Monday, August 19, 2019

The Idiot Plot in the 1940s and 1950s

The Long Dark Hall (1951) has a good cast and good production values, but its weak script has its protagonist making unbelievably dumb decisions at every turn.  This is for sure idiot plot territory, where the contrived plot is only able to move forward because a main character acts like an idiot. 


Let's examine the plot.  A married businessman Arthur Groome (Rex Harrison) goes to visit his showgirl mistress at her apartment only to find the woman stabbed to death.  He proceeds to do everything possible to make it looks as if he is the murderer.  He just passed the landlady in the hall.  He could cry out to her before he takes another step into the apartment. 

But, no, he drops to his knees and cradles the bloody corpse in arms. 

He then flees the building covered in the murder victim's blood.  Where is he fleeing to?  The landlady saw him and she knows him by name.  She even knows where he works.  Groome is terribly nervous when he arrives home and he rushes into the backyard to burn his blood-stained suit. 

When the police question him, Groome gets himself caught up in a tangle of lies.  The police even find out he burned his suit, which he tries and fails to lie about.  His lies only get him into more trouble, destroying his credibility and convincing the police that he is guilty.  Then, at the climax of the film, he climbs onto the witness stand and tells more lies.  The lies are transparent, disprovable, and futile.  But he tells them anyway.  Tim Greaves of Cinema Retro wrote, "Rex Harrison imbues the beleaguered Groome with sufficient enough self-reproach over the whole sorry business that in spite of his flawed judgement one can't help but root for him."  Not me, I stopped rooting for this idiot halfway through the film.  Stupidity at this level should be a capital offense.  When asked to name his "worst picture," Harrison replied: "My worst picture?  The Long Dark Hall would have to be near the top of the list."


Secret Beyond The Door (1948) has a definite idiot plot.  A wealthy young woman (Joan Bennett) falls hopelessly in love with a creepy architect (Michael Redgrave).  She quickly marries the man even though he is almost certainly mentally ill.  She remains devoted to the man even after she learns that he possibly murdered his first wife.  Why doesn't this woman get as far away from this man as possible?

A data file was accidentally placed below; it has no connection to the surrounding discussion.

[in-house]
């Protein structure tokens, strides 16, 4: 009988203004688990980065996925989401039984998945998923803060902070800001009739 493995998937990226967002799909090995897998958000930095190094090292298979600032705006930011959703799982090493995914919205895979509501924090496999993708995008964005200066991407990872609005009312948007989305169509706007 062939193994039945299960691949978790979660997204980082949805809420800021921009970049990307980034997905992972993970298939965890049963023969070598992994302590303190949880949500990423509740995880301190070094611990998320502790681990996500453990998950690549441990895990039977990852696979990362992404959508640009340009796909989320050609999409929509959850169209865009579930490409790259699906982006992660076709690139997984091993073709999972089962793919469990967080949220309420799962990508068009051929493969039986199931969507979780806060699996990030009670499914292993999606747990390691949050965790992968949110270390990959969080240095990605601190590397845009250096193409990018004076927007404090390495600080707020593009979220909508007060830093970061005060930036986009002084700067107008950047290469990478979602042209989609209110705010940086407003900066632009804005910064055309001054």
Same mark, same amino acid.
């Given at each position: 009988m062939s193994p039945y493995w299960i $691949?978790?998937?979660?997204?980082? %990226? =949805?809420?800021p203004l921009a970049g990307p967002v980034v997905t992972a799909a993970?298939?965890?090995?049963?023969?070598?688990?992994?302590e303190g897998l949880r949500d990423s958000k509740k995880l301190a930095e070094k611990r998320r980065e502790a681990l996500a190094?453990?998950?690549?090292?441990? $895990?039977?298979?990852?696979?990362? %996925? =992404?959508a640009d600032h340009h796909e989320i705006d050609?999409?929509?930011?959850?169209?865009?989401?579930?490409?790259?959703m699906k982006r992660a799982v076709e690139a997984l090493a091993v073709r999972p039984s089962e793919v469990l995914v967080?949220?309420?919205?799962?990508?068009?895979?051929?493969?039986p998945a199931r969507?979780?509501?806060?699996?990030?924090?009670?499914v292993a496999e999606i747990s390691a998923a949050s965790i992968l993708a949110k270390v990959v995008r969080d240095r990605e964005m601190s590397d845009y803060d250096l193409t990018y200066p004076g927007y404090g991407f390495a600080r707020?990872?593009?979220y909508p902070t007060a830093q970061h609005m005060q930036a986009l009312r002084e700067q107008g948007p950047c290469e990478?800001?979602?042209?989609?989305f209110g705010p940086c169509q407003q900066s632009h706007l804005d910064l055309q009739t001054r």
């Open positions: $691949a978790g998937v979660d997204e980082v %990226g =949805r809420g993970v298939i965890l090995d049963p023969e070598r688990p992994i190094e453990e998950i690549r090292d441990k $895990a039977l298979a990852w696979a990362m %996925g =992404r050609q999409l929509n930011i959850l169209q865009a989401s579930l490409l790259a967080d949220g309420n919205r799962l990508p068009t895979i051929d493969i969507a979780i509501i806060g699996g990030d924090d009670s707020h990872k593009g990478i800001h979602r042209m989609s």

Many films have used the same plot -  a beautiful woman is irresistibly drawn to a handsome and mysterious man and later comes to suspect that the man is out to harm her.  This plot was used to great effect in Suspicion (1941) and Gaslight (1944).  But Secret Beyond the Door's handsome and mysterious man is a troubling character from the start.


The protagonist has no sense of self-preservation in the idiot plot.  So, a man ends up on death row for a murder someone else committed.  So, a woman ends up trapped alone in a mansion with a psychotic man who is looking to murder her.

Let's now look at the plot of The Law and Jake Wade (1958).  A marshal, Jake Wade (Robert Taylor), is a well-respected citizen in Morganville, but no one in the town knows Wade is a former bank robber.  A year earlier, Wade was arrested for fatally shooting a teenage boy during a robbery.  He would have been hung if his homicidal partner, Clint Hollister (Richard Widmark), hadn't shown up with guns blazing and broken him out of jail.  Wade became a lawman to assuage his guilt about the boy's death (although it later comes out that someone else fired the fatal shot).  He now learns that Hollister is in jail in a nearby town and he figures that, to repay his debt to the badman, he must make an armed assault on the jail to free him.  Throughout the film, Wade is driven by an honor code that makes absolutely no sense and has no precedent in either history or Western drama.  The scriptwriter, William Bowers, simply made up this honor code to advance his convoluted plot. 

Wade no sooner frees Hollister then the badman shoots a sheriff and a couple of deputies.  What honor code justifies this?  Hollister isn't even grateful to Wade, who still owes him money from their last robbery.  Once he reassembles his gang, Hollister abducts Wade's fiancée Peggy (Patricia Owens) to force Wade to lead him to the stolen bank money.  Hollister wants the loot and Wade doesn't want the loot.  So, what's the conflict?  It's never explained.  Hollister terribly mistreats Wade and Peggy throughout their journey to recover the money.  Wade is worried that, once the cold-blooded Hollister has what he wants, he will murder him and Peggy.  When they reach their destination, Wade manages to get his hands on a gun and disarm Hollister.  The film should be over, right?  No, because Wade's idiotic honor code kicks in again.  Wade gives his old partner a gun so that the two of them can settle their score.  Strangely, there's nothing in Wade's honor code about assuring the safety of his fiancée or keeping himself alive.